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Funded Studies

Building a LRRK2 Cohort Core Database

MJFF is funding the expansion of two international LRRK2 cohorts to gain insight into the relationship of this genetic mutation to Parkinson’s disease.  Within each funded study, clinical data will be collected on hundreds of individuals characterizing their clinical features of LRRK2. With multiple investigators and countries involved in each study, MJFF is looking to standardize the data collected into one central database for widespread analysis.  While each funded study will focus on their individual hypotheses, MJFF wants to ensure that the data collected can be combined for use on a larger research scale.

Project Description
Cindy Casaceli, at the University of Rochester’s Analytic Data Integrity Group, is building a centralized database to house data from the MJFF-funded studies.  The investigators from the LRRK2 cohort projects have agreed to collect a number of identical outcome measures from their populations – this information will then be transferred into the central database.  All information housed within the database will be stripped of any personal identifying information and will comply with all applicable privacy laws.

Six months after the MJFF-funded groups have completed their projects, the data within this combined database will be made available to the research community via a Steering Committee monitored application process for further analysis.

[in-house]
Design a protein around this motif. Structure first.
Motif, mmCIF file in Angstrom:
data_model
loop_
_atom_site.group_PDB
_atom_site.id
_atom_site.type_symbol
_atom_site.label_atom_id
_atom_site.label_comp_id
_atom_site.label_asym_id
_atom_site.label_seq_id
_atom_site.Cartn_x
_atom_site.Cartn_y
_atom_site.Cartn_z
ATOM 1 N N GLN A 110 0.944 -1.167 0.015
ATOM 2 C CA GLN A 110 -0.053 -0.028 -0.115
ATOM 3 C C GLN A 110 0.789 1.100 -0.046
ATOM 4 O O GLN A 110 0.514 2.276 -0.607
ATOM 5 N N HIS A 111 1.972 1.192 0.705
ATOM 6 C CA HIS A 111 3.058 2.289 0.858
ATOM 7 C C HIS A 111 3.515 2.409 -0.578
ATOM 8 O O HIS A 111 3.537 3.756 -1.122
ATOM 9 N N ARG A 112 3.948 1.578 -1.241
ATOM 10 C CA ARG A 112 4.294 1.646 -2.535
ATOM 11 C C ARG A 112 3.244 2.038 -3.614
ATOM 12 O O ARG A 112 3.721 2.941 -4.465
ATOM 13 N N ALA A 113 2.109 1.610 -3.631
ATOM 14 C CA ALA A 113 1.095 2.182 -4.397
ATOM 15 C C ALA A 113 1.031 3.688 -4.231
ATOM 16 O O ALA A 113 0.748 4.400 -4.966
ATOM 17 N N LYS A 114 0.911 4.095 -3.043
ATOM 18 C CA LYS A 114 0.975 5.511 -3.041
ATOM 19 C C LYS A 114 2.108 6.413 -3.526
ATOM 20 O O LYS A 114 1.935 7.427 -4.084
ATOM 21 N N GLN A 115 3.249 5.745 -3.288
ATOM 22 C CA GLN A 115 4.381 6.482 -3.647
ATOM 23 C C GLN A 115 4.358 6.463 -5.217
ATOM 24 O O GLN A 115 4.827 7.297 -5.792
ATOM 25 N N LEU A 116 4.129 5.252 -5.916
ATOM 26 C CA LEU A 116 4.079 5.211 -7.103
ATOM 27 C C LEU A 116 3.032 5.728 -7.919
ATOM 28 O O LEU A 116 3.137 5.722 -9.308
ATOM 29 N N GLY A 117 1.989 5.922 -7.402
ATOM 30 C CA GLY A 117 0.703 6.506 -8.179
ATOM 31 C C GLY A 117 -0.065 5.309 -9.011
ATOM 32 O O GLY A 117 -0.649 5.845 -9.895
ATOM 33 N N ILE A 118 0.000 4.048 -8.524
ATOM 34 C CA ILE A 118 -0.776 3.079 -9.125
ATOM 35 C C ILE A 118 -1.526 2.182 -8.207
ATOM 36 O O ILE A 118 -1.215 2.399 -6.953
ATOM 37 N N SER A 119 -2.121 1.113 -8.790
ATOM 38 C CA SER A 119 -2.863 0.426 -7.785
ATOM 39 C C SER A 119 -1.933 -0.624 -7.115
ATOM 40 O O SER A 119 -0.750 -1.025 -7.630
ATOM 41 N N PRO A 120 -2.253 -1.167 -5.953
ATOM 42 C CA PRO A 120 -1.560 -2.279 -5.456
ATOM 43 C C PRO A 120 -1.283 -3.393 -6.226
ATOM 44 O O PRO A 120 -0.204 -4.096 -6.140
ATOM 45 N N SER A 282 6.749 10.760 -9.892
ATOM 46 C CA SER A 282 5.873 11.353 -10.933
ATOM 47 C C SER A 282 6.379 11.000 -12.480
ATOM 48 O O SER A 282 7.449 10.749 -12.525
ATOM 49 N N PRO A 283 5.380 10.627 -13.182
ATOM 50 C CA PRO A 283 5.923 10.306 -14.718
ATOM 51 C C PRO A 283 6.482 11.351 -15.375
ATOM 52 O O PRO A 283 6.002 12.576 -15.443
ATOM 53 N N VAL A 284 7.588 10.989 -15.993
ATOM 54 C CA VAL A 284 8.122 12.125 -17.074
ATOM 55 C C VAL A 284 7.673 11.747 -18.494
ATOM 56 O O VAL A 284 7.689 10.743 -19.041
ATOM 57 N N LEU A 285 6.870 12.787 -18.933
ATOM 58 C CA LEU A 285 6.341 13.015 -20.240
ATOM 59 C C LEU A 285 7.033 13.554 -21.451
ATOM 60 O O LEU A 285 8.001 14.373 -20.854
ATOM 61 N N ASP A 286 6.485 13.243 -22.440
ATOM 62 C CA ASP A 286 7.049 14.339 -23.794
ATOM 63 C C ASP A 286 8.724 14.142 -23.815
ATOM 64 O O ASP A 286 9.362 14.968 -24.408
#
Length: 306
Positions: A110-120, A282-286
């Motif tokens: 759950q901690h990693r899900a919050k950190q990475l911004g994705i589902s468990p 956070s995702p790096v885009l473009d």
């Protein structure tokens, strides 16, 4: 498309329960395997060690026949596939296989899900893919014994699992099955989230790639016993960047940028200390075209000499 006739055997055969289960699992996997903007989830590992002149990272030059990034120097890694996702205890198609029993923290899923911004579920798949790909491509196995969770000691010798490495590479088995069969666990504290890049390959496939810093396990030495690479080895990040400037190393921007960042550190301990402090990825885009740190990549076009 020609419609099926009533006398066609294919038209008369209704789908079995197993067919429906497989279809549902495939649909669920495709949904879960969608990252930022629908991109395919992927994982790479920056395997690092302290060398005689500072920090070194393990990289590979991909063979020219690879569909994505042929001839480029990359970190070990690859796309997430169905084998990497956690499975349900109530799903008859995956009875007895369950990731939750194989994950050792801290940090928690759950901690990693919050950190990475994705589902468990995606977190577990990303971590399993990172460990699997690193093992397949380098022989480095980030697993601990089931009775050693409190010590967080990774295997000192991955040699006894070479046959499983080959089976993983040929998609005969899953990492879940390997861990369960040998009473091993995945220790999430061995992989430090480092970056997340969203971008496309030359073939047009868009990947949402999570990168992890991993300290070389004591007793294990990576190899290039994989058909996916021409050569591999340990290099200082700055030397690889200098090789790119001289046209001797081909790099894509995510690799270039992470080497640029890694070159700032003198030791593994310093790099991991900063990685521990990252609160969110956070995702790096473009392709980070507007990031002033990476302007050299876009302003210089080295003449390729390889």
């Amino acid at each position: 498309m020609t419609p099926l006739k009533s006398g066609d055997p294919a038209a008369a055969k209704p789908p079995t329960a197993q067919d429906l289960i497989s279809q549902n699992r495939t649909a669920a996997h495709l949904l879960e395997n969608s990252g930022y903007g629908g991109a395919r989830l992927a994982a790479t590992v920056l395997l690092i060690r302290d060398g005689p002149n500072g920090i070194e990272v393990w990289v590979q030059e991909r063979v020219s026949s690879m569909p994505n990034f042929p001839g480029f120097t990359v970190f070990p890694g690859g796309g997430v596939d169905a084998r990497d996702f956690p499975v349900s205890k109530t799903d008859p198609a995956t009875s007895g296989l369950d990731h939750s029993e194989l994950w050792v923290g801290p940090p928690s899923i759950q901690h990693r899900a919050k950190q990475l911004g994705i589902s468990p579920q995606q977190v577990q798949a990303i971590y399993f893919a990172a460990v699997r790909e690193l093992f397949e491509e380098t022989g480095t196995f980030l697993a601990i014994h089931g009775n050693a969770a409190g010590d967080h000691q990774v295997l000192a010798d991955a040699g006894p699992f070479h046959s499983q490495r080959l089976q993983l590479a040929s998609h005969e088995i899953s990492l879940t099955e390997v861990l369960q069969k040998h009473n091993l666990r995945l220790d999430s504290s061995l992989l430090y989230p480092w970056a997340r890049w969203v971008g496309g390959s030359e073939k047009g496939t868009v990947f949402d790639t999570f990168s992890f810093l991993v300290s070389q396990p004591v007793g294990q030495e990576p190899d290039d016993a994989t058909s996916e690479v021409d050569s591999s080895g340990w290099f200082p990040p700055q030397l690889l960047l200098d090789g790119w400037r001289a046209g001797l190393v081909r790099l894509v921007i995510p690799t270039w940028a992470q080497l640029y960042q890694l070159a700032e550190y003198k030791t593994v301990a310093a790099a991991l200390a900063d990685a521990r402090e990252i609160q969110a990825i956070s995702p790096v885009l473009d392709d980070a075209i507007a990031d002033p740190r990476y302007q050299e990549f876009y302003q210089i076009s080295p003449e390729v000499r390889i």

Relevance to Diagnosis/Treatment of Parkinson’s Disease:  
The development of a database that houses clinical information on hundreds of individuals with the LRRK2 mutation or directly related to someone with the mutation will be a valuable resource for the research community.  The data can be mined to identify biomarkers, pre-Symptoms & Side Effects markers or other disease trends among the population, and the goal is that the data will provide insight into the many remaining questions about LRRK2 and its connection to PD.

Anticipated Outcome
The main goals of this project is to combine portions of the datasets collected by two MJFF-funded LRRK2 cohorts, and to make this data available to the research community in the hopes that together they can provide some answers into how and why LRRK2 is connected to PD.


  • Cynthia J. Casaceli, MBA

    Rochester, NY United States

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